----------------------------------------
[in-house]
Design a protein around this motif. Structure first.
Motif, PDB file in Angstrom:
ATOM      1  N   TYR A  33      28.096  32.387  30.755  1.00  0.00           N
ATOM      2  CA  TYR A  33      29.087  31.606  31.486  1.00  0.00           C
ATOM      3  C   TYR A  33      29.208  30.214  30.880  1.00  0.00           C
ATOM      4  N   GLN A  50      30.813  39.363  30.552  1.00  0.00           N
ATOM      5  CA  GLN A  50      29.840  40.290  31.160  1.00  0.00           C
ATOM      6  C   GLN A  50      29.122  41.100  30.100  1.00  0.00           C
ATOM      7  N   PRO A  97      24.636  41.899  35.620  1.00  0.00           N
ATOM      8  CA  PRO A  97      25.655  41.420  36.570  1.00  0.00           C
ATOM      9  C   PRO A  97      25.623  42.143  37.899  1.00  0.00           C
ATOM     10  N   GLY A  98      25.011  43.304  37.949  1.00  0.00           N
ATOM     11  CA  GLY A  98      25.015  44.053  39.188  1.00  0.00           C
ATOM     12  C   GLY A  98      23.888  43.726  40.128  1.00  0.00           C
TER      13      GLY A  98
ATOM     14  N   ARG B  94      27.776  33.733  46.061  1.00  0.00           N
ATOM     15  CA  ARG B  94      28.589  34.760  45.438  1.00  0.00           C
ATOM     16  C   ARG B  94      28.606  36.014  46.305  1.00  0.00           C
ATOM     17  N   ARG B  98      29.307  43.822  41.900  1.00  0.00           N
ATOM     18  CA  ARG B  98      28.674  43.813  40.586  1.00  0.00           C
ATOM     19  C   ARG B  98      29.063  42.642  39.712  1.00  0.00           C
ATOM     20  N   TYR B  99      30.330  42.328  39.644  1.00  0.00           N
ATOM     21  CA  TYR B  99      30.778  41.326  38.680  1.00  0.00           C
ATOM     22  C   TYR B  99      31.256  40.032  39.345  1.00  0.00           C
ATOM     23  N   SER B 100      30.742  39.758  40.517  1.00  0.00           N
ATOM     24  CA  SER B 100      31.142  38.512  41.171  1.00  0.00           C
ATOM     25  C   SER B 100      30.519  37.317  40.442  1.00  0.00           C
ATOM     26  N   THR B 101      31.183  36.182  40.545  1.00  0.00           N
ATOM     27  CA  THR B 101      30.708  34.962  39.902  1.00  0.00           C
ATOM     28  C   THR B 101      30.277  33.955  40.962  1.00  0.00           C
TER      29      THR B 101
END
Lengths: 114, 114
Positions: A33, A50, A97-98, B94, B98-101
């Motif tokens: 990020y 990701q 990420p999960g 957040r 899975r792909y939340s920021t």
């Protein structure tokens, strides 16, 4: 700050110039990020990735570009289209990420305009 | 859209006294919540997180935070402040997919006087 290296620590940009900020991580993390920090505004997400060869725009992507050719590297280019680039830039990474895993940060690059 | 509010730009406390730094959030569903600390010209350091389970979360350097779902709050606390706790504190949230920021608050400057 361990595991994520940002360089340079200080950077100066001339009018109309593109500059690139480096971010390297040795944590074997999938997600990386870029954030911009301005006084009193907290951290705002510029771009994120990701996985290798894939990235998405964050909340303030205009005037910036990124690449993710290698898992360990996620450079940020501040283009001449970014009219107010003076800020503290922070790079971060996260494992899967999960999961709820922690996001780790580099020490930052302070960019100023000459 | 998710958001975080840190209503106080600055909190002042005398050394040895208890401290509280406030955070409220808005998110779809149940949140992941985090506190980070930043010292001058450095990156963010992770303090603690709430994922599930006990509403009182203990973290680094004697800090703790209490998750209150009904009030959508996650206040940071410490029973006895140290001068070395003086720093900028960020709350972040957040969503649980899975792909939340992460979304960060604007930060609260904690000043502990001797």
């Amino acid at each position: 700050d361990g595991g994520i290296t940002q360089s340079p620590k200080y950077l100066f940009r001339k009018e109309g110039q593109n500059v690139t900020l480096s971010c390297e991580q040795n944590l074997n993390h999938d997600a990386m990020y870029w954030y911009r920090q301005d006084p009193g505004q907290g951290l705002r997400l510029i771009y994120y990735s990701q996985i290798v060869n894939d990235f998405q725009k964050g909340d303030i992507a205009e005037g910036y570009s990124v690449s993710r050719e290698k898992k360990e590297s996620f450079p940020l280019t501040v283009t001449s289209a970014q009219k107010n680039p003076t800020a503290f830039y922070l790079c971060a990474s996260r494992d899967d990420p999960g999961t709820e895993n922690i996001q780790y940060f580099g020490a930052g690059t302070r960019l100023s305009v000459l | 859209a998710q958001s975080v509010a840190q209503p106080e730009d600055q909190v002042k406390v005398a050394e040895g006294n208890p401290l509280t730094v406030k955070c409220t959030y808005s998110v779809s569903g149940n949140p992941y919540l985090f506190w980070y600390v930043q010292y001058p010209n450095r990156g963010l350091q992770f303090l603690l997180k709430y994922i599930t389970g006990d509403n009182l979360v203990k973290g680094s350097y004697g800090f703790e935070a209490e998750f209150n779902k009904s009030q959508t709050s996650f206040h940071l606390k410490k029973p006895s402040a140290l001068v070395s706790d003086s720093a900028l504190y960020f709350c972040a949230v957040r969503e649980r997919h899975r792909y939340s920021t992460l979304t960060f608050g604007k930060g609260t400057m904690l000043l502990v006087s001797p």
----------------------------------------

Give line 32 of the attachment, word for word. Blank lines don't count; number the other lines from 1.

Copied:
TER      29      THR B 101